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Hualin International Journal of Buddhist Studies 1.1 (2018): iii–vi
(This article belongs to the Special Issue Buddhism in the West)
Message from the Editor
Welcome to the inaugural edition of the Hualin International Journal of Buddhist Studies! I am pleased to share these important contributions from scholars across Europe and East Asia. This journal is a result of the Glorisun Charitable Foundation’s generous support through the creation of the Glorisun Global Network of Buddhist Studies. This network connects scholars and students at ten universities throughout North America, Europe and East Asia, provides financial support for international exchange, and encourages collaboration between scholars of Buddhist Studies.
A geographic and disciplinary divide often discourages academics of Buddhism from collaborating with overseas colleagues and from exploring topics unrelated to their own research. To help bridge this gap, the Glorisun Global Network has sponsored the creation of the Hualin Journal: an English and Chinese language peer-reviewed scholarly journal on East Asian Buddhist Studies. This journal will be a platform for showcasing diverse, multidisciplinary and multimedia research produced by scholars across the globe. We believe that this collaborative platform will encourage exploration of new and understudied sources, and help scholars to connect with colleagues beyond their specialties.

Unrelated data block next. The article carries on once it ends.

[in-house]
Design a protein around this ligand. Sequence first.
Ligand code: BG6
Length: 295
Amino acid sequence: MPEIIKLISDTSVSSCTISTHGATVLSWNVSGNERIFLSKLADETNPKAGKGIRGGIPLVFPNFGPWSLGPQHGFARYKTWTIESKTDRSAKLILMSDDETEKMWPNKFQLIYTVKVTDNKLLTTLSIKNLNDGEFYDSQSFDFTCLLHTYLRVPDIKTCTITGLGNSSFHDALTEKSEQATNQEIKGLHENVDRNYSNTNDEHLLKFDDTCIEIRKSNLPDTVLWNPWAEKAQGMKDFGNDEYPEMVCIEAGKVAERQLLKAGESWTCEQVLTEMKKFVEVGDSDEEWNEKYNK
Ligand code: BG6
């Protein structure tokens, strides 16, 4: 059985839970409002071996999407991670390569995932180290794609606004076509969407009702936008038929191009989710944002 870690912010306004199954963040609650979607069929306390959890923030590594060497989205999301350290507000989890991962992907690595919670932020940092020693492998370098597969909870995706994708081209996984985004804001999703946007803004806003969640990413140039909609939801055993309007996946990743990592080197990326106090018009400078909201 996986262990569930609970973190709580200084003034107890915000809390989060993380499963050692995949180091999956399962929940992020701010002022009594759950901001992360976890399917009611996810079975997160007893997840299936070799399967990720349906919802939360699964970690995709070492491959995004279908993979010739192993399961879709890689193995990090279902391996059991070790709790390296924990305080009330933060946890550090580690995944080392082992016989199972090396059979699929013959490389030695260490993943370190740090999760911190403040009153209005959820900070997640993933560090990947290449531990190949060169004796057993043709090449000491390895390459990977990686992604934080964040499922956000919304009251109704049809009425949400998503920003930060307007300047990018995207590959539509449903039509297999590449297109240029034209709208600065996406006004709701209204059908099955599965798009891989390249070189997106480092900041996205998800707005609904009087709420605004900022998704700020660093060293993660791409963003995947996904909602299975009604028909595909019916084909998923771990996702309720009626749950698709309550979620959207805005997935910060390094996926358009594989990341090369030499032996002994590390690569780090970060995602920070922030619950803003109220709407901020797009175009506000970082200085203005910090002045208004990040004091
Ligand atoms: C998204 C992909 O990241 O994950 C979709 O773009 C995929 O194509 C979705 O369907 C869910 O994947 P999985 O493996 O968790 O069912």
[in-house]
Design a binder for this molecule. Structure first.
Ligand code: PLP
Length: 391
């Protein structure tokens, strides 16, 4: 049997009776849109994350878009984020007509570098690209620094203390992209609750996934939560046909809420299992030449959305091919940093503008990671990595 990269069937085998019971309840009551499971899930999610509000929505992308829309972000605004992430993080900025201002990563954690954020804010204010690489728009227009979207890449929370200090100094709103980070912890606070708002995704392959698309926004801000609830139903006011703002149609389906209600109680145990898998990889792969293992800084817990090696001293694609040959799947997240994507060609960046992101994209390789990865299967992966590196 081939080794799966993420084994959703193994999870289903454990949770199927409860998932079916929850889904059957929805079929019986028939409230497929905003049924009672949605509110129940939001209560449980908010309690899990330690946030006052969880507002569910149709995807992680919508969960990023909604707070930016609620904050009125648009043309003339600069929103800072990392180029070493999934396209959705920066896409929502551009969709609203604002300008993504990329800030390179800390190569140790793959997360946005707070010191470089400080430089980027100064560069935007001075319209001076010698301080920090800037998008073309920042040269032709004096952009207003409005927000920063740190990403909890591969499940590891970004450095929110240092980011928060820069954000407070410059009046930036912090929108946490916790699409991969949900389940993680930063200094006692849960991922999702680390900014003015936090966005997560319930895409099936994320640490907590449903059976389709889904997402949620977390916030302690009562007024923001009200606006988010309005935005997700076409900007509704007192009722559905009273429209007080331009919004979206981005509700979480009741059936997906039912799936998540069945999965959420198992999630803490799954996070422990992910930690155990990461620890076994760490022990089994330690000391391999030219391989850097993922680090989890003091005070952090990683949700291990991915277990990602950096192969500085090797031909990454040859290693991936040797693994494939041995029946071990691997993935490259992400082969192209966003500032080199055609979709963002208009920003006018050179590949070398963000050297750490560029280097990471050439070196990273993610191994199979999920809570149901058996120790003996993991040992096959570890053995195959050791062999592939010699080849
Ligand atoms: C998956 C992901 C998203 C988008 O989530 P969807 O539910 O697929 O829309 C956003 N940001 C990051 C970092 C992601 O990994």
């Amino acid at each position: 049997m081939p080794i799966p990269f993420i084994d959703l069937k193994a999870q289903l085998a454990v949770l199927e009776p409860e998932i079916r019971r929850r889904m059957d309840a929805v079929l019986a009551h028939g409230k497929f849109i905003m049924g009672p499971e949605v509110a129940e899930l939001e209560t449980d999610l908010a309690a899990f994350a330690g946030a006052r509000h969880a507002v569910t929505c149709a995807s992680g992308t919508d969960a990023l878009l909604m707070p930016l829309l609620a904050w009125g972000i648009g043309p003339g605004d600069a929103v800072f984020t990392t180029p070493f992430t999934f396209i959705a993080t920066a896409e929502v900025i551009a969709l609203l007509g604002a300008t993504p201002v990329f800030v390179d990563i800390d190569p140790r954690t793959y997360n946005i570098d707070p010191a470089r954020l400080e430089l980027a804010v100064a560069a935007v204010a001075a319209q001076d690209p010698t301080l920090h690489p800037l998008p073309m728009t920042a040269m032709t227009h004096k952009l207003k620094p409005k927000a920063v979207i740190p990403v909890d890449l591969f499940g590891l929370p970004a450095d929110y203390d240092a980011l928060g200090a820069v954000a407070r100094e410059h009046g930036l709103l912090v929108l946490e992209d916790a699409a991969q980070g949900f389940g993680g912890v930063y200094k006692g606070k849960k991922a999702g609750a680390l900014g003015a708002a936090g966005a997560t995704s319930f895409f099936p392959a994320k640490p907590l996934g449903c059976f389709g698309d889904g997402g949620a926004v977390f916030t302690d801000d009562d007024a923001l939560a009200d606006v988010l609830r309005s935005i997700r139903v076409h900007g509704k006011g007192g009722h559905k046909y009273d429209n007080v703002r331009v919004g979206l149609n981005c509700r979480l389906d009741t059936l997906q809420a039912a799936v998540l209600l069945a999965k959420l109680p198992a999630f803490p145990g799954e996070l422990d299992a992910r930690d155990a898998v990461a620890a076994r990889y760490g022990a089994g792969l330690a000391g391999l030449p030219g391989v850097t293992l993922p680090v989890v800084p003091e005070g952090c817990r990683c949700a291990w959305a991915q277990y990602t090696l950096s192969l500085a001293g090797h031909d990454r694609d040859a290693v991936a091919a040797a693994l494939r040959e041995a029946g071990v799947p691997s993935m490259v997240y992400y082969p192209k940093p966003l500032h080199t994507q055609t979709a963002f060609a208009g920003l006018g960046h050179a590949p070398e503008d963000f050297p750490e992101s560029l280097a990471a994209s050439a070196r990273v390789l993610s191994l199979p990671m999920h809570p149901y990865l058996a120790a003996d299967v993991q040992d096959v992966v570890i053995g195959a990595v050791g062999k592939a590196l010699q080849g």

Scholars of East Asian Buddhism have more tools and resources at their disposal than ever before. Online databases, digital repositories, and online communication allow them to research with greater efficiency and to exchange ideas more readily. In theory, these tools should open up the field of Buddhist Studies by bringing new historical sources to light, or excite us with the potential to research, teach, and learn together virtually. However, significant disciplinary and theoretical boundaries still remain to be overcome and limit our ability to make the best use of the wealth of resources at our disposal. For instance, the scholarly lens often magnifies texts and people of authority thus prioritizing the study of canonical texts over those not certified by religious authorities. Disciplinary boundaries also limit us: while disciplinary training has great advantages, there are few changes to cross these cultural and national borders. To break away from these limits, the Hualin Journal encourages the study of Buddhist texts, art, and material culture beyond the canon, and expanding to include peripheral and understudied sources that we, as international scholars in the digital age, can access. By exploring new methods, references, and academic communities, I believe that the Hualin Journal will amplify diversity within the broad umbrella of Buddhist Studies in an increasingly interconnected scholarly network.